Facebook, Google cannot flout Indian law: Court
Posted on: 07:37 AM IST Aug 24, 2013
The Delhi High Court on Friday said that social networking site Facebook Inc and search engine Google Inc are bound by the rules of this country and cannot flout the law just because they are foreign companies.
A division bench of Acting Chief Justice BD Ahmed and Justice Vibhu Bakhru also directed the two companies to display on their websites the name and contact details of their grievance officers.
"We direct Google Inc and Facebook Inc to display the name of grievance officer on their respective sites. We also direct other intermediaries that the compliance (of the rules) be done in two weeks," the court said.
It said the Information Technology (Intermediaries) Rules mandate that all social networking sites have to publish the name of grievance officer and their contact details.
"Just because you are a foreign company, you cannot flout the law. Like us, you are bound by the rule of law of this country," said the court, also asking the central government to take steps to ensure that the social networking sites comply with the rules.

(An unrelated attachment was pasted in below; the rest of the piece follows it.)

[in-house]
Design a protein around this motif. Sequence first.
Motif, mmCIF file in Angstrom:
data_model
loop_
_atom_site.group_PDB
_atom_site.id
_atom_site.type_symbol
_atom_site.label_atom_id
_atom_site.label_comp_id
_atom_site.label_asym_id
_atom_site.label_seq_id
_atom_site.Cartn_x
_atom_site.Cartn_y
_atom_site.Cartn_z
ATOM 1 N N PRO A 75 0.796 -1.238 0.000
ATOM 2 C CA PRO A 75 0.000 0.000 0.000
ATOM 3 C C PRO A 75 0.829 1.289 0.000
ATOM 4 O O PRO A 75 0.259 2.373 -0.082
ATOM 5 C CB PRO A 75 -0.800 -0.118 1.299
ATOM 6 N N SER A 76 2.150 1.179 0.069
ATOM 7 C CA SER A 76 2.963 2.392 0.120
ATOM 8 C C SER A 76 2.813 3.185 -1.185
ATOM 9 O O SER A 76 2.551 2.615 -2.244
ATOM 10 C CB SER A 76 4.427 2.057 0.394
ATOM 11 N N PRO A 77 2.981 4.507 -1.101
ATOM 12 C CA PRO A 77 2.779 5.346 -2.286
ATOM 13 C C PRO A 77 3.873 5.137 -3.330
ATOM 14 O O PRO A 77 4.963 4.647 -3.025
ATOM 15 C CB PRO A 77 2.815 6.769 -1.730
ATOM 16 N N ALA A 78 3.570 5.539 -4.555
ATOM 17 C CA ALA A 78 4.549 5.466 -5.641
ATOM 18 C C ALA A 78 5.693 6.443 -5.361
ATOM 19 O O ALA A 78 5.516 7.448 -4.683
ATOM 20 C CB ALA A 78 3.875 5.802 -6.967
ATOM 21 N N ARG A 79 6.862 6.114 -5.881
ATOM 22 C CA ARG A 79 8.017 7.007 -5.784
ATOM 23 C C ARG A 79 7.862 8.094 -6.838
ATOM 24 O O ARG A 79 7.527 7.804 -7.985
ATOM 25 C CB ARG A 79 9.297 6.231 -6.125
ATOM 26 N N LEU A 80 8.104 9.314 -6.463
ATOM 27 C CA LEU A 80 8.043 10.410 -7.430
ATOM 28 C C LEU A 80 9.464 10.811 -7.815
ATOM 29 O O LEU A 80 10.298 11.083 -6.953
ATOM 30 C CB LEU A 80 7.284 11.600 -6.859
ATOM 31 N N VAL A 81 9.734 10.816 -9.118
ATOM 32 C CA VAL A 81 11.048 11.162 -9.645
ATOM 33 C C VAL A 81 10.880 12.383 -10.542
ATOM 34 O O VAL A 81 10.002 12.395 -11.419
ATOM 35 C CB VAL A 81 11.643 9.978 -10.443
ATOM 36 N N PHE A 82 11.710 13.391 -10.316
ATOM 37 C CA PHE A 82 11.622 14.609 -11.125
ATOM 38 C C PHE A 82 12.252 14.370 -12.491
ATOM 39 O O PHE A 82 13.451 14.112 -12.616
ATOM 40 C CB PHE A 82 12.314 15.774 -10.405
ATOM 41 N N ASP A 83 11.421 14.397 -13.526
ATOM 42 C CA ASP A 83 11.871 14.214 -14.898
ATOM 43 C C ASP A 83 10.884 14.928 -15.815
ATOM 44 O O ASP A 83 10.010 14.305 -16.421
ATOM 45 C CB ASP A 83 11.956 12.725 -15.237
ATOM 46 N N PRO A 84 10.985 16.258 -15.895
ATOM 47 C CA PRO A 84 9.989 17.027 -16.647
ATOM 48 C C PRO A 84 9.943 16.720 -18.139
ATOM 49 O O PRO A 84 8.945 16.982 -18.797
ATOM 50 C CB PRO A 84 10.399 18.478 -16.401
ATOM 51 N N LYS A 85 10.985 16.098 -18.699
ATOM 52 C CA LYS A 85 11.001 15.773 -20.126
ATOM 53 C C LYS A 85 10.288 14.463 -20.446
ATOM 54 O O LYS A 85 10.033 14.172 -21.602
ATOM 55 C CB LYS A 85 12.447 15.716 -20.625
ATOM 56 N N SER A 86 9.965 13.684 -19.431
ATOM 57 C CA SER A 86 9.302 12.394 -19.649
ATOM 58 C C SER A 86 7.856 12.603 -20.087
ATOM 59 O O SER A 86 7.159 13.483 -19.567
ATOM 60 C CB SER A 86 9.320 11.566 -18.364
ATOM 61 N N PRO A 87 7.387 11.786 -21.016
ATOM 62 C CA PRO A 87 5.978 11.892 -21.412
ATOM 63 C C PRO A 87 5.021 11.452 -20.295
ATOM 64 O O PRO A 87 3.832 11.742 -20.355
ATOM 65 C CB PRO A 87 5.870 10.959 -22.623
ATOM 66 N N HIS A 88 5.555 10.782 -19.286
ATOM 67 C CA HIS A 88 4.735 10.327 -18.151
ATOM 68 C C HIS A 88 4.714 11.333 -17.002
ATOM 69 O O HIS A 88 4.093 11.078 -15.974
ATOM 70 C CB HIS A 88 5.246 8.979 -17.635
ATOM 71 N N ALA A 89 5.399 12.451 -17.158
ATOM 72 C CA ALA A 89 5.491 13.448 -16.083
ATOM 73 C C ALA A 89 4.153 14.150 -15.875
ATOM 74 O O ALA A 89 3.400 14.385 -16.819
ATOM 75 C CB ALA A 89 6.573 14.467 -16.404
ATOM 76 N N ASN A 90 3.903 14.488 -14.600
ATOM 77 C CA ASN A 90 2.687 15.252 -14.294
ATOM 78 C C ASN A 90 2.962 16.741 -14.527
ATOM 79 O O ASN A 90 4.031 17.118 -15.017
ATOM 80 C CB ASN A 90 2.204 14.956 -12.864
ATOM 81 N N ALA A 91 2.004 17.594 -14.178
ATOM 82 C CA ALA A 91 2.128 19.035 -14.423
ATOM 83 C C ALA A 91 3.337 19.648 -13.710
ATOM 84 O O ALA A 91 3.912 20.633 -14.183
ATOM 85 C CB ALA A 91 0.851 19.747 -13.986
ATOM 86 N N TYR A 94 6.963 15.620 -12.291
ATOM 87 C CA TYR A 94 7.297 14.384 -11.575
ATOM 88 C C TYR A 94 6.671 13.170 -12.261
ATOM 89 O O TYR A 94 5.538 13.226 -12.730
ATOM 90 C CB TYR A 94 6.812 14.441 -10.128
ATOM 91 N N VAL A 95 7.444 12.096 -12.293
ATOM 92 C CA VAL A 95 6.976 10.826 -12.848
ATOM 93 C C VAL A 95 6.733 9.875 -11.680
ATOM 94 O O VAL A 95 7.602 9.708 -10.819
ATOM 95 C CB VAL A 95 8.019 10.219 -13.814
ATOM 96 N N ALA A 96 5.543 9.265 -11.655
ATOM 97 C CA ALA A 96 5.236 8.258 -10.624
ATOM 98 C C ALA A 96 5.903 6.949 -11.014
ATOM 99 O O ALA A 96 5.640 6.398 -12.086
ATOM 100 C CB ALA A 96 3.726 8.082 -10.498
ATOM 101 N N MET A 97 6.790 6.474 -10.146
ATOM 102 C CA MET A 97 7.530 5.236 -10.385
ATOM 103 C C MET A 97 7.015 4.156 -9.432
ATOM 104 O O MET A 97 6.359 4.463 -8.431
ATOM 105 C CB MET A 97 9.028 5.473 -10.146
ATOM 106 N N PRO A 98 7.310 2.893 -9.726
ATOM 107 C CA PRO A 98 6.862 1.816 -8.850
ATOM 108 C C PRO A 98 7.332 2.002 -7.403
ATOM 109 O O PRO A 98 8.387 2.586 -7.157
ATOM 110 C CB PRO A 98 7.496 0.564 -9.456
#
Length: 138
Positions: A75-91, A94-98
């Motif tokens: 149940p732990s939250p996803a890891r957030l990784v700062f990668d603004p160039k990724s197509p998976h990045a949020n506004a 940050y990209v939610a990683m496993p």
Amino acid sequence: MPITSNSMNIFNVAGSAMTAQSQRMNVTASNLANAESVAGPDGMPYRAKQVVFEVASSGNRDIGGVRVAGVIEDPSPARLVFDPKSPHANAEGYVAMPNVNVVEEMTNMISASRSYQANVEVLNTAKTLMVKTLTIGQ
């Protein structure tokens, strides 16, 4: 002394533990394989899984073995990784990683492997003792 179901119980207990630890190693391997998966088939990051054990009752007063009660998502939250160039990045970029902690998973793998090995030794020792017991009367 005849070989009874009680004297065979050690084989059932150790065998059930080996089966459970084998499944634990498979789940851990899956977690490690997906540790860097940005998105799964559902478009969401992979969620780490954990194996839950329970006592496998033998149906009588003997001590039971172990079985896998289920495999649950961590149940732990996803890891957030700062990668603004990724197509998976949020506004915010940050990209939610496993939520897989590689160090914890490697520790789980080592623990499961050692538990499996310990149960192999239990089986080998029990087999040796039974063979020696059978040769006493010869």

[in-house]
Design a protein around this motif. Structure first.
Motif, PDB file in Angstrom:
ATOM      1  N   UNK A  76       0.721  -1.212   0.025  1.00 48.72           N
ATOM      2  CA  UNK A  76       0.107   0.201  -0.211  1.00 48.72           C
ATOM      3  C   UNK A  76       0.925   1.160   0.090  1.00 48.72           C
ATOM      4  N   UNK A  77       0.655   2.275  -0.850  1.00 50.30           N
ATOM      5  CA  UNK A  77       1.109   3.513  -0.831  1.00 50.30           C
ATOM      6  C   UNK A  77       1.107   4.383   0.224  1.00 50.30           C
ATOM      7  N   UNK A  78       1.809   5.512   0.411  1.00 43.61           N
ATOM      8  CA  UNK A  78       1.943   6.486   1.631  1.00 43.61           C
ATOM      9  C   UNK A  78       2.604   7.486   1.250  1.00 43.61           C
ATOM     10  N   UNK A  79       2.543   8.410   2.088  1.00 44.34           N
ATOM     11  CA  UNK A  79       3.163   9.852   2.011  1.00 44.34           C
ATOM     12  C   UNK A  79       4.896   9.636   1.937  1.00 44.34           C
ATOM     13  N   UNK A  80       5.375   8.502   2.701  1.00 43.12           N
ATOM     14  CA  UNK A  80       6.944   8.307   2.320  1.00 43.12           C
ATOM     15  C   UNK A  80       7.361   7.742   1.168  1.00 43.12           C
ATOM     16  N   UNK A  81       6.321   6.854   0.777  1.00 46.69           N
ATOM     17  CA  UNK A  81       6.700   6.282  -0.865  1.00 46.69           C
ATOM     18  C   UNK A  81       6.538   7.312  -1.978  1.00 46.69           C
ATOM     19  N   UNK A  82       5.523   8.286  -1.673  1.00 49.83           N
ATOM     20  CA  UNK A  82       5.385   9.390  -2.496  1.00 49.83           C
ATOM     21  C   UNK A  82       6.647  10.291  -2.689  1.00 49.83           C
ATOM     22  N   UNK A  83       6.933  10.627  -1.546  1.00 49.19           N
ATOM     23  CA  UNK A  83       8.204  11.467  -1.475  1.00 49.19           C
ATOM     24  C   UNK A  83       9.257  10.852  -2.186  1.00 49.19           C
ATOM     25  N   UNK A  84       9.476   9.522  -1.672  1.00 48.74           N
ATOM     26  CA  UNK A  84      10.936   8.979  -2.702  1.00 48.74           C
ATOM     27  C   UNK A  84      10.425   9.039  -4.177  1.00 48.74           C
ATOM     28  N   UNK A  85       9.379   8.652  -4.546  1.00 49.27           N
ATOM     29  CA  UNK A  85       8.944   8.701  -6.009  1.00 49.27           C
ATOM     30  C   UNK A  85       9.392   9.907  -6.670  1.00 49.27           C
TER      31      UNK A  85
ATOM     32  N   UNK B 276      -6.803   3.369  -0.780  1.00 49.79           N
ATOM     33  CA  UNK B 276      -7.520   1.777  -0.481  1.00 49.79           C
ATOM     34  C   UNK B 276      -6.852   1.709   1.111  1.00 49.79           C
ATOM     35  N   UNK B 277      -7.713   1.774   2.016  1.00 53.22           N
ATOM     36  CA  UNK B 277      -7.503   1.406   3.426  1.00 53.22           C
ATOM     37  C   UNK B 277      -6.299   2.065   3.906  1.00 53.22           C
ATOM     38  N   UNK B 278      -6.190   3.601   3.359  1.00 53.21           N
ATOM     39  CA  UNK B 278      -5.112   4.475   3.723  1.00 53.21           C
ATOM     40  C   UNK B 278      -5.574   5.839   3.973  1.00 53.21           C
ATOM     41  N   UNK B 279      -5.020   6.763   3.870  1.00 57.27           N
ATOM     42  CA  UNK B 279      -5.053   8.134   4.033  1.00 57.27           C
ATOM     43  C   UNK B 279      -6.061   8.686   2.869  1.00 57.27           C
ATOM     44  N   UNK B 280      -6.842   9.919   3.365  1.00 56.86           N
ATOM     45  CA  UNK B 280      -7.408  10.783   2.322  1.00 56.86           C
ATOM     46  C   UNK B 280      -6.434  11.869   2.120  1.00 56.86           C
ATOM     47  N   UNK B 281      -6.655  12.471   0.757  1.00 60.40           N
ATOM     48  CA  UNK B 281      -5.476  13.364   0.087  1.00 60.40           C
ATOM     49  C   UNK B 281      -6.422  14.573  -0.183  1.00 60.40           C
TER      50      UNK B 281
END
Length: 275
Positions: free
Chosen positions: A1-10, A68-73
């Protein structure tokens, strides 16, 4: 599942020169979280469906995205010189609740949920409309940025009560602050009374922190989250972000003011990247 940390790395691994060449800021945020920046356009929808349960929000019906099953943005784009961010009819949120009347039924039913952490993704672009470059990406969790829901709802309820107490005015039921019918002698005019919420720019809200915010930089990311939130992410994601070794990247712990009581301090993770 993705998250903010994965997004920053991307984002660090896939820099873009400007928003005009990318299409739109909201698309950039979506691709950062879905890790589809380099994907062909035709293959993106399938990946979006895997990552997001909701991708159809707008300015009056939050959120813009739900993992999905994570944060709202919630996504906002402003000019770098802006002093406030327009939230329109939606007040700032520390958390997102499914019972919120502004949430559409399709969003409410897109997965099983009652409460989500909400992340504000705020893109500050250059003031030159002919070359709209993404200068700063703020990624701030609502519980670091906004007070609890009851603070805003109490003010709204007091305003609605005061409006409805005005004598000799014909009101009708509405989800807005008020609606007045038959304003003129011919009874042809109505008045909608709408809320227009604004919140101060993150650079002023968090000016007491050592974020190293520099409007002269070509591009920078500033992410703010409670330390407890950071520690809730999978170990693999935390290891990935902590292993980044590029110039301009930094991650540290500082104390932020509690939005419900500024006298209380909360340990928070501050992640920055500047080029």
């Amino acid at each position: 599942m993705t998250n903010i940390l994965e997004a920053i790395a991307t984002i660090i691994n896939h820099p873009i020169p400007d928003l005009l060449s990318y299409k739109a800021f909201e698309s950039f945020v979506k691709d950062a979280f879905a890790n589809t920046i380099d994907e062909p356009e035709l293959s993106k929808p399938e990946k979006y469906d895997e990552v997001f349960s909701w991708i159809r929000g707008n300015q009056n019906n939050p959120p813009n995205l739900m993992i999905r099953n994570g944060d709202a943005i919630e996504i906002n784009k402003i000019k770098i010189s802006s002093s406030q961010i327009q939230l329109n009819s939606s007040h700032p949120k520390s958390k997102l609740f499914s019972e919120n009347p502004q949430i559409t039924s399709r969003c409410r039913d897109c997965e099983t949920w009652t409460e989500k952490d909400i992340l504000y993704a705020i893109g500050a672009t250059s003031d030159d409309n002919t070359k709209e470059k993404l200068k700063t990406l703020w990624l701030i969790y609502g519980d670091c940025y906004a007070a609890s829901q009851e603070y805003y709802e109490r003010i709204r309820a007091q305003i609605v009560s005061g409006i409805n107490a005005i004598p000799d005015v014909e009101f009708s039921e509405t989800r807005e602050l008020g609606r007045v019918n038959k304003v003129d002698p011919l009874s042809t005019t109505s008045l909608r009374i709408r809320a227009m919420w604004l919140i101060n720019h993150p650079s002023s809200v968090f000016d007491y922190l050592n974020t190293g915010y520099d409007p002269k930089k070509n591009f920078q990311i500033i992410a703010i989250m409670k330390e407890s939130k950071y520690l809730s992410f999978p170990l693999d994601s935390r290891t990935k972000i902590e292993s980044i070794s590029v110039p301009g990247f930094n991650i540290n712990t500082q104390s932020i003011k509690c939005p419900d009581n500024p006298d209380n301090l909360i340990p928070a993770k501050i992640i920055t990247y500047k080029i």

The bench also asked the central government to file its response on the allegations of petitioner that Delhi Police, Indian Railways and others have created accounts on social networking sites despite government departments being barred from doing so under the law.
The petitioner submitted that government departments like Delhi Police and the Indian Railways are not entitled to create accounts on social networking sites.
The court was hearing the PIL filed by former Bharatiya Janata Party (BJP) leader KN Govindacharya through his advocate Virag Gupta alleging that the websites have no mechanism for protection of children from online abuse.
The PIL has said that children below 18 years are entering an agreement with the social networking sites to open accounts which is against the Indian Majority Act, the Indian Contract Act and also the Information and Technology Act.
The plea has also sought recovery of taxes from the websites on their income from operations in India.